The IT issues were many it seems and they continued for many weeks despite the bank's positive PR. TSB came under fierce criticism for the IT failings leading to a loss of circa £105m by the bank due to that ‘meltdown’ as the bank was forced to compensate customers and ‘put things right’
The good news for TSB is that shortly their new chief executive Debbie Crosbie will take over a bank which has a Common Equity Tier 1 capital ratio - a key measure of financial strength – which stands at 19.5% and is among the strongest of UK banks.
So, maybe the ‘new broom’ and also the ‘will’ is there for this bank to now turn the previous 2018 disasters into opportunity and by doing so also ‘show’ us all that it can become an SME ‘champion’. IBAS will watch with interest. – Eddy Weatherill - IBAS - 15th April 2019
MPs call for inquiry into alleged forgery of signatures. - MPs are pressing the Treasury Select Committee to open an immediate inquiry into the alleged forgery of signatures in bank court documents.
They also want Lloyds chief executive Antonio Horta-Osorio to be questioned over how the bank treats customers who say they have found evidence of systemic fraud.
The all-party group on fair business banking says Lloyds appears to be repeating the same conduct it displayed towards customers who uncovered the HBOS Reading fraud, seeking to silence them.
Lloyds has denied there is evidence of systemic fraud and said it "does not recognise the issue" as set out by the group of MPs.
Kevin Hollinrake MP, chair of the all-party group, made the call for an inquiry after getting what he says was an unsatisfactory response from the bank.
The Civil Procedure Rules govern how law firms must behave in legal proceedings including repossessions.
They state: Practice Direction 22 Statements of Truth
3.9 The individual who signs a statement of truth must print his full name clearly beneath his signature.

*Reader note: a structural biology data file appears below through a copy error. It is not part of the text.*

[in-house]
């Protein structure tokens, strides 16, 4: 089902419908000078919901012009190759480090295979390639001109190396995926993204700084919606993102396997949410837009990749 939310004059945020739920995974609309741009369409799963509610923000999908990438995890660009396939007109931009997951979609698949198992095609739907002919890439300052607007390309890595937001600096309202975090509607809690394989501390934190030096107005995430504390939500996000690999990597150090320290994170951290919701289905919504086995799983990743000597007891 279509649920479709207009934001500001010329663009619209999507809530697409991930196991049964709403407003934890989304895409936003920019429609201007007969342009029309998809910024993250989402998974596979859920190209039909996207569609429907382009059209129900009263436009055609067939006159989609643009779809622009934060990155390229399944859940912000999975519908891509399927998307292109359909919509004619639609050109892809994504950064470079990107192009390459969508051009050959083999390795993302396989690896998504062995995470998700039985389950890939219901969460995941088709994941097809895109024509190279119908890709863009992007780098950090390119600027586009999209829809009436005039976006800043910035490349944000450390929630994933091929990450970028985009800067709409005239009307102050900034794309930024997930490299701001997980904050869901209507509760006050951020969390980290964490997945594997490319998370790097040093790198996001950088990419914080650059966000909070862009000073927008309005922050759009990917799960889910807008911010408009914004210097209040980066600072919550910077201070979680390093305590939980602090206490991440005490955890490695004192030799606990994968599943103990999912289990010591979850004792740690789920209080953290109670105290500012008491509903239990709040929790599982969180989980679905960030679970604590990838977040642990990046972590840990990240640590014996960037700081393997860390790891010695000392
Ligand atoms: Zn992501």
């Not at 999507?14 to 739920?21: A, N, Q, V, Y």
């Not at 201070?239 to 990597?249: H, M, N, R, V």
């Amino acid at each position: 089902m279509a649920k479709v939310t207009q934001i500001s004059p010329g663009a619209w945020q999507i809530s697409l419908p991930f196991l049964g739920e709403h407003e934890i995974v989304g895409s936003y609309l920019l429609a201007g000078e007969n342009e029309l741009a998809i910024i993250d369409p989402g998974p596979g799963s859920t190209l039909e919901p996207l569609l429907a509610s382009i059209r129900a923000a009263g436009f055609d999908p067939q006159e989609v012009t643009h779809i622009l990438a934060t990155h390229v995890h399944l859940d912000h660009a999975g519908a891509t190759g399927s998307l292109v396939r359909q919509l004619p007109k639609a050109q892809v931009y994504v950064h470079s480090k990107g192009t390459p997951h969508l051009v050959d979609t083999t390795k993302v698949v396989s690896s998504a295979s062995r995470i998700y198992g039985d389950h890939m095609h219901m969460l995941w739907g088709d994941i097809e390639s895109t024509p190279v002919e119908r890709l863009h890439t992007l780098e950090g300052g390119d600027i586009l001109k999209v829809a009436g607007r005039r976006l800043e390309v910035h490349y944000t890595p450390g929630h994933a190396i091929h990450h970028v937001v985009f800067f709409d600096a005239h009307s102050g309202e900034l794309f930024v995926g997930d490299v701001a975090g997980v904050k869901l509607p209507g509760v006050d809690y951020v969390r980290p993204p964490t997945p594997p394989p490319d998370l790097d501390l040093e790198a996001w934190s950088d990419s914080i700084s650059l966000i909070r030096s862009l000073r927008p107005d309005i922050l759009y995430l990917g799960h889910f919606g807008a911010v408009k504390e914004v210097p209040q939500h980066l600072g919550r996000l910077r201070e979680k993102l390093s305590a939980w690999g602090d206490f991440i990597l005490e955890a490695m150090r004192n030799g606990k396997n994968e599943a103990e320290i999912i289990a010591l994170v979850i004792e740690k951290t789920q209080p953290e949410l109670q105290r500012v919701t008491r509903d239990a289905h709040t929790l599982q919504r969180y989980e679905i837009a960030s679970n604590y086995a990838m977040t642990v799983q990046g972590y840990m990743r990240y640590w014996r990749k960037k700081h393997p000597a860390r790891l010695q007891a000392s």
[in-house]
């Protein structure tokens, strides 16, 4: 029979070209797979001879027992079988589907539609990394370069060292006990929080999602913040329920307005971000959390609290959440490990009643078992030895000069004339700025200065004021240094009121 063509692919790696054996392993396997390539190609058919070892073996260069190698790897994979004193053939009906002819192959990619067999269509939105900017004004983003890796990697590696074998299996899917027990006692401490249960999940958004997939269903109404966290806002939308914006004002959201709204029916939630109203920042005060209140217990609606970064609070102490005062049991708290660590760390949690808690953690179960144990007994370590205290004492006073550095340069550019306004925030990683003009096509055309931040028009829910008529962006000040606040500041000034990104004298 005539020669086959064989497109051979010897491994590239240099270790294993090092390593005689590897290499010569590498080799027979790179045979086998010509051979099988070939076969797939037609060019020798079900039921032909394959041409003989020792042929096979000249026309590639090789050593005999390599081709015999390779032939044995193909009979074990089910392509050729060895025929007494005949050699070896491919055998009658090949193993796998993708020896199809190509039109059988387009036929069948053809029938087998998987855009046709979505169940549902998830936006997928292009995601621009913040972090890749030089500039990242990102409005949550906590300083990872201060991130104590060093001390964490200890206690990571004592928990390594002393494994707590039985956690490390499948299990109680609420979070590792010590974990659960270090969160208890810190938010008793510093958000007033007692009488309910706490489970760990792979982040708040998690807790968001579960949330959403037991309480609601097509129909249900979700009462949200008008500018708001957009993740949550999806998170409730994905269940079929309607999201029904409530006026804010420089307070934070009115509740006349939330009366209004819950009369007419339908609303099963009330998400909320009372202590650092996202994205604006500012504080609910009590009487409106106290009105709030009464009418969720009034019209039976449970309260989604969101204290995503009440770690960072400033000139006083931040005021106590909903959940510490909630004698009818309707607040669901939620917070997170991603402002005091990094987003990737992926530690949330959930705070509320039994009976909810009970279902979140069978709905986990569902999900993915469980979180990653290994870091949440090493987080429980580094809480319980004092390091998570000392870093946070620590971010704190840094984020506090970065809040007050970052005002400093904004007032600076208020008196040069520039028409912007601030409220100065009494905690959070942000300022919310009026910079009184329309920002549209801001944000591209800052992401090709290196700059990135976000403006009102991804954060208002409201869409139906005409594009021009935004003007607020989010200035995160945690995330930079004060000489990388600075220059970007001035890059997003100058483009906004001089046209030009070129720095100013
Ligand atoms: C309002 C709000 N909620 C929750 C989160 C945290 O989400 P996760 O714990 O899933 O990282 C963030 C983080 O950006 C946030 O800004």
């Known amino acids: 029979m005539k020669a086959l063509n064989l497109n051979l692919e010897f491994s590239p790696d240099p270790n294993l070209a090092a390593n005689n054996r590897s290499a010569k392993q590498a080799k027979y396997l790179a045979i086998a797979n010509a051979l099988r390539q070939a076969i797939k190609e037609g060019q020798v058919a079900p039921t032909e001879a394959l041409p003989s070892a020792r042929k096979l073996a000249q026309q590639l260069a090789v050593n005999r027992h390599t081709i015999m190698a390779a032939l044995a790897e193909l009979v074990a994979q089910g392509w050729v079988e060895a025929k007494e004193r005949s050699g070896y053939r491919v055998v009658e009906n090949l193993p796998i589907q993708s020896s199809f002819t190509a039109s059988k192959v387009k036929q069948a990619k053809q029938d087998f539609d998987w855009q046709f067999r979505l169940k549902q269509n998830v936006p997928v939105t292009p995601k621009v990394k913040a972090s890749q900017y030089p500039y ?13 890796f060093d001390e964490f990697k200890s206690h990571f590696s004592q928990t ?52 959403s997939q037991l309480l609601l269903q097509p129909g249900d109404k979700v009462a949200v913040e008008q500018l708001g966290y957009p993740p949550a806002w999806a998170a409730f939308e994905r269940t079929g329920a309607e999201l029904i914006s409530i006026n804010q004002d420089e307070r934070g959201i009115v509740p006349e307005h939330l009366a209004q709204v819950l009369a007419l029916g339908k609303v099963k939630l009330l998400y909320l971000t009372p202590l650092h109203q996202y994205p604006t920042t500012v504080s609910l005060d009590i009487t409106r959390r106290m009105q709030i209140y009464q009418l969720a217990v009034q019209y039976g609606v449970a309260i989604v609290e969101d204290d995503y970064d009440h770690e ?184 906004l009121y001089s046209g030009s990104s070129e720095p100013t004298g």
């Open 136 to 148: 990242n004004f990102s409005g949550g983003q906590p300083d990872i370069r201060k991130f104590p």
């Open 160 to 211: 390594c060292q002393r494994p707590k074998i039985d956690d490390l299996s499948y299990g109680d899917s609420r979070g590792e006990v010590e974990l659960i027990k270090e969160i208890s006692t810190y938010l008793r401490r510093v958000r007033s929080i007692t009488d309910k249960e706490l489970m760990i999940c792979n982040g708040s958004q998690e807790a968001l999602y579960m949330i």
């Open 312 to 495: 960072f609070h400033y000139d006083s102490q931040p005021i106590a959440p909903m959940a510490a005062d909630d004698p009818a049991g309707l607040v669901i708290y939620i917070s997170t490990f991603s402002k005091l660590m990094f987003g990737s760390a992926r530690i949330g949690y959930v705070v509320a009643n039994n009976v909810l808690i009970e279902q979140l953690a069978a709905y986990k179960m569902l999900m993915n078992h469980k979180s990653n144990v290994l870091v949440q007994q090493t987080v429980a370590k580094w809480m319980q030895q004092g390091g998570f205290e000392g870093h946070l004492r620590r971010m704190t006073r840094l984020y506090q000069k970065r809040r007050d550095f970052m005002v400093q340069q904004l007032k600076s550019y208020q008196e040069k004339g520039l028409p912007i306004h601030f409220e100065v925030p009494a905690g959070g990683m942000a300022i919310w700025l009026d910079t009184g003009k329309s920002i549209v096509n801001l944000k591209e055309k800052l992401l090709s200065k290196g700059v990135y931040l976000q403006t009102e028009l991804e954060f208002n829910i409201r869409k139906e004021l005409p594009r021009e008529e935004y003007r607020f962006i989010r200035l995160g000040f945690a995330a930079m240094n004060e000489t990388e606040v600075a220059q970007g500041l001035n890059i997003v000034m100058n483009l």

3.10 A legal representative who signs a statement of truth must sign in his own name and not that of his firm or employer
Questions over signatures are not confined to Lloyds. This article cites four signatures which were purportedly all signed by the same person at a different company on the same day and further evidence suggests one person has been signing under more than one name. – BBC Business News 29th March 2019
IBAS has almost 30 years of continuous business banking dispute investigations and negotiations experience with all major UK lenders. We provide professional, confidential guidance and direct assistance to UK directors and proprietors.
IBAS has acquired specialist business banking knowledge from the many IBAS investigations of UK business banking account disputes since 1992 which has provided us with unique experience and depth of knowledge.
IBAS business banking account investigations experience and our expertise in analysis of business bank loans, business bank current accounts, business banking contracts, business banking account facilities plus our knowledge of business banking debt recovery strategy - has provided us with expertise in utilizing our specialist banking knowledge.
That is often the key to our members success and instrumental in almost miraculous settlements for IBAS members.
No other non - profit UK organization provides independent, specialist individual business banking advice and specific assistance to it's members.
IBAS website was launched in 1998 (see BBC publication with link to IBAS in 1999)
IBAS has been featured on BBC TV, BBC TV News, ITV News, Meridian TV and Sky TV News since 1992 and also contributed banking editorials and business banking articles for the Sunday Times, Times, Daily Mail, Daily Express, Telegraph and Daily Mirror.